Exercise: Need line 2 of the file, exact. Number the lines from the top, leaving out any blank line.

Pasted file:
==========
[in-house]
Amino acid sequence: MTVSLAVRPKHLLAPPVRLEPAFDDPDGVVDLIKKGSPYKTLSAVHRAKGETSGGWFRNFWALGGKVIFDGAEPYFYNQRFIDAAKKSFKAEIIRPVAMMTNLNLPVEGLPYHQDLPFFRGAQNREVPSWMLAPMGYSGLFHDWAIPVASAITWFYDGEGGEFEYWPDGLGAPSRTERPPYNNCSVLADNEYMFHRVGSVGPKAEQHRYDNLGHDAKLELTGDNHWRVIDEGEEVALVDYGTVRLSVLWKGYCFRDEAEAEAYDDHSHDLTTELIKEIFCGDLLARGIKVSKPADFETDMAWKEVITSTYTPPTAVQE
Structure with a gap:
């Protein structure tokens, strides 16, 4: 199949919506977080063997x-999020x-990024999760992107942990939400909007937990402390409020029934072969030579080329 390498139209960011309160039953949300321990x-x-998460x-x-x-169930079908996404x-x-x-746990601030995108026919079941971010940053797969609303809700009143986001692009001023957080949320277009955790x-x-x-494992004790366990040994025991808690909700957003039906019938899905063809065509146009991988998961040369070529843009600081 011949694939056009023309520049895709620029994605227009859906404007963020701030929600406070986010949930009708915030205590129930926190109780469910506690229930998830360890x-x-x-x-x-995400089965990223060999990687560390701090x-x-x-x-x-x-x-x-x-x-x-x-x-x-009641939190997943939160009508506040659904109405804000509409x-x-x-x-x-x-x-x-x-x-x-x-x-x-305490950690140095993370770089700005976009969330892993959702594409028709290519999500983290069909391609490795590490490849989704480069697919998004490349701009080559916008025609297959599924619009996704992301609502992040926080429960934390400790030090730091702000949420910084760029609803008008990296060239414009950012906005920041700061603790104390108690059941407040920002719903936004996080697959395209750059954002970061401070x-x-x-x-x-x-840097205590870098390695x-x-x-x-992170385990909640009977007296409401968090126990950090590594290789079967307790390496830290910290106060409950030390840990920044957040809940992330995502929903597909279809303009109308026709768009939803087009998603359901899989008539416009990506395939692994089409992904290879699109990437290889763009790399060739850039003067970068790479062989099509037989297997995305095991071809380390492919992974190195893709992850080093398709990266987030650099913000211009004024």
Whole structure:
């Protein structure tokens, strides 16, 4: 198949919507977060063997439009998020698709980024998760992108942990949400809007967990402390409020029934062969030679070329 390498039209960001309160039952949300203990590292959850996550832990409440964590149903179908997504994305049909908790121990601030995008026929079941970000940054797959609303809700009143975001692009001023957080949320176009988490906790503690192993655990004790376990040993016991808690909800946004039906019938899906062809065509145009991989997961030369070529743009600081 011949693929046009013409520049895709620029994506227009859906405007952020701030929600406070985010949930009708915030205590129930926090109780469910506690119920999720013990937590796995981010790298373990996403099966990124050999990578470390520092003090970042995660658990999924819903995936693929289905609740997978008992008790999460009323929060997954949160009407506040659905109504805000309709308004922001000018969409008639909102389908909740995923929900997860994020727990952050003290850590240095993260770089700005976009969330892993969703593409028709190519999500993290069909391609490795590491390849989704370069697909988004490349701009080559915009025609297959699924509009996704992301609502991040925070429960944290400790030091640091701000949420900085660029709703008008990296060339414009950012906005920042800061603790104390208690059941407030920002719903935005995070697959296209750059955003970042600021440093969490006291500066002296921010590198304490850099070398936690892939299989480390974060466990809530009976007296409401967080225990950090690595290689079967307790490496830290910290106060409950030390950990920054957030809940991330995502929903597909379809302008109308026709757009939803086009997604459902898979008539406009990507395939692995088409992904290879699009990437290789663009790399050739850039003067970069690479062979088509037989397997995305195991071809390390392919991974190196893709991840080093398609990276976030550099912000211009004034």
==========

Amino acid sequence: MTVSLAVRPKHLLAPPVRLEPAFDDPDGVVDLIKKGSPYKTLSAVHRAKGETSGGWFRNFWALGGKVIFDGAEPYFYNQRFIDAAKKSFKAEIIRPVAMMTNLNLPVEGLPYHQDLPFFRGAQNREVPSWMLAPMGYSGLFHDWAIPVASAITWFYDGEGGEFEYWPDGLGAPSRTERPPYNNCSVLADNEYMFHRVGSVGPKAEQHRYDNLGHDAKLELTGDNHWRVIDEGEEVALVDYGTVRLSVLWKGYCFRDEAEAEAYDDHSHDLTTELIKEIFCGDLLARGIKVSKPADFETDMAWKEVITSTYTPPTAVQE